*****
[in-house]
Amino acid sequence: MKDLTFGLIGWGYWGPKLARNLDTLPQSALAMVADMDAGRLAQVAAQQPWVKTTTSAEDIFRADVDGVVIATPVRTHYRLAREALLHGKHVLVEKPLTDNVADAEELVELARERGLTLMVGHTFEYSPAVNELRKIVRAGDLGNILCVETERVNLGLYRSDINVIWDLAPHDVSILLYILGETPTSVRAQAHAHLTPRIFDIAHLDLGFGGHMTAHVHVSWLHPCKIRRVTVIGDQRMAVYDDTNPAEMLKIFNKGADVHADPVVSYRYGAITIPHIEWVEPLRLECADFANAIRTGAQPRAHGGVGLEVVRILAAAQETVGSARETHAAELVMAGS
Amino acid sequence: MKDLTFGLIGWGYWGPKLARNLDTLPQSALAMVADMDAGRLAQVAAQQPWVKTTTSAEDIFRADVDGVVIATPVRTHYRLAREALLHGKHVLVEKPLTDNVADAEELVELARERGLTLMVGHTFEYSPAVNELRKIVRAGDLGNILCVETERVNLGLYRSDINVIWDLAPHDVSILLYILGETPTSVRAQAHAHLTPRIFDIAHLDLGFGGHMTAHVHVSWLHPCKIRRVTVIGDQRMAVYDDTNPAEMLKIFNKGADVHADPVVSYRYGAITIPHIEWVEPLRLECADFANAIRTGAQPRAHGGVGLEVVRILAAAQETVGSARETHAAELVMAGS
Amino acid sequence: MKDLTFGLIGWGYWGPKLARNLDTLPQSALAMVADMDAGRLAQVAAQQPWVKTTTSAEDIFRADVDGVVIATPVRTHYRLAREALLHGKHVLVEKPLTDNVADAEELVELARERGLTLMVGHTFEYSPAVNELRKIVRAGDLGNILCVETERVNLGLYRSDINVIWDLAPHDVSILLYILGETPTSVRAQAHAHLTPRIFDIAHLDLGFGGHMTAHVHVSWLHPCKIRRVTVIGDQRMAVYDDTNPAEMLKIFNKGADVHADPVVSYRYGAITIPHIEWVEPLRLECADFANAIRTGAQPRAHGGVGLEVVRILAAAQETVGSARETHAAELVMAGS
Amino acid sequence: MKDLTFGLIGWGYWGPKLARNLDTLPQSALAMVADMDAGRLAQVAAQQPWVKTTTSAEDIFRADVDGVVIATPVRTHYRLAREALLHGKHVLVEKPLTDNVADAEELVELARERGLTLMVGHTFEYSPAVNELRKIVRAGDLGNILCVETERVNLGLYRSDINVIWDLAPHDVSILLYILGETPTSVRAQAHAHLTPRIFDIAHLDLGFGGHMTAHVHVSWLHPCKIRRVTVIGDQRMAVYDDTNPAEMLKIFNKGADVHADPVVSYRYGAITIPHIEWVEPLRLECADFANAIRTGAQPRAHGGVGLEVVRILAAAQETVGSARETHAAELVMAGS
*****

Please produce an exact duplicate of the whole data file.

[in-house]
Amino acid sequence: MKDLTFGLIGWGYWGPKLARNLDTLPQSALAMVADMDAGRLAQVAAQQPWVKTTTSAEDIFRADVDGVVIATPVRTHYRLAREALLHGKHVLVEKPLTDNVADAEELVELARERGLTLMVGHTFEYSPAVNELRKIVRAGDLGNILCVETERVNLGLYRSDINVIWDLAPHDVSILLYILGETPTSVRAQAHAHLTPRIFDIAHLDLGFGGHMTAHVHVSWLHPCKIRRVTVIGDQRMAVYDDTNPAEMLKIFNKGADVHADPVVSYRYGAITIPHIEWVEPLRLECADFANAIRTGAQPRAHGGVGLEVVRILAAAQETVGSARETHAAELVMAGS
Amino acid sequence: MKDLTFGLIGWGYWGPKLARNLDTLPQSALAMVADMDAGRLAQVAAQQPWVKTTTSAEDIFRADVDGVVIATPVRTHYRLAREALLHGKHVLVEKPLTDNVADAEELVELARERGLTLMVGHTFEYSPAVNELRKIVRAGDLGNILCVETERVNLGLYRSDINVIWDLAPHDVSILLYILGETPTSVRAQAHAHLTPRIFDIAHLDLGFGGHMTAHVHVSWLHPCKIRRVTVIGDQRMAVYDDTNPAEMLKIFNKGADVHADPVVSYRYGAITIPHIEWVEPLRLECADFANAIRTGAQPRAHGGVGLEVVRILAAAQETVGSARETHAAELVMAGS
Amino acid sequence: MKDLTFGLIGWGYWGPKLARNLDTLPQSALAMVADMDAGRLAQVAAQQPWVKTTTSAEDIFRADVDGVVIATPVRTHYRLAREALLHGKHVLVEKPLTDNVADAEELVELARERGLTLMVGHTFEYSPAVNELRKIVRAGDLGNILCVETERVNLGLYRSDINVIWDLAPHDVSILLYILGETPTSVRAQAHAHLTPRIFDIAHLDLGFGGHMTAHVHVSWLHPCKIRRVTVIGDQRMAVYDDTNPAEMLKIFNKGADVHADPVVSYRYGAITIPHIEWVEPLRLECADFANAIRTGAQPRAHGGVGLEVVRILAAAQETVGSARETHAAELVMAGS
Amino acid sequence: MKDLTFGLIGWGYWGPKLARNLDTLPQSALAMVADMDAGRLAQVAAQQPWVKTTTSAEDIFRADVDGVVIATPVRTHYRLAREALLHGKHVLVEKPLTDNVADAEELVELARERGLTLMVGHTFEYSPAVNELRKIVRAGDLGNILCVETERVNLGLYRSDINVIWDLAPHDVSILLYILGETPTSVRAQAHAHLTPRIFDIAHLDLGFGGHMTAHVHVSWLHPCKIRRVTVIGDQRMAVYDDTNPAEMLKIFNKGADVHADPVVSYRYGAITIPHIEWVEPLRLECADFANAIRTGAQPRAHGGVGLEVVRILAAAQETVGSARETHAAELVMAGS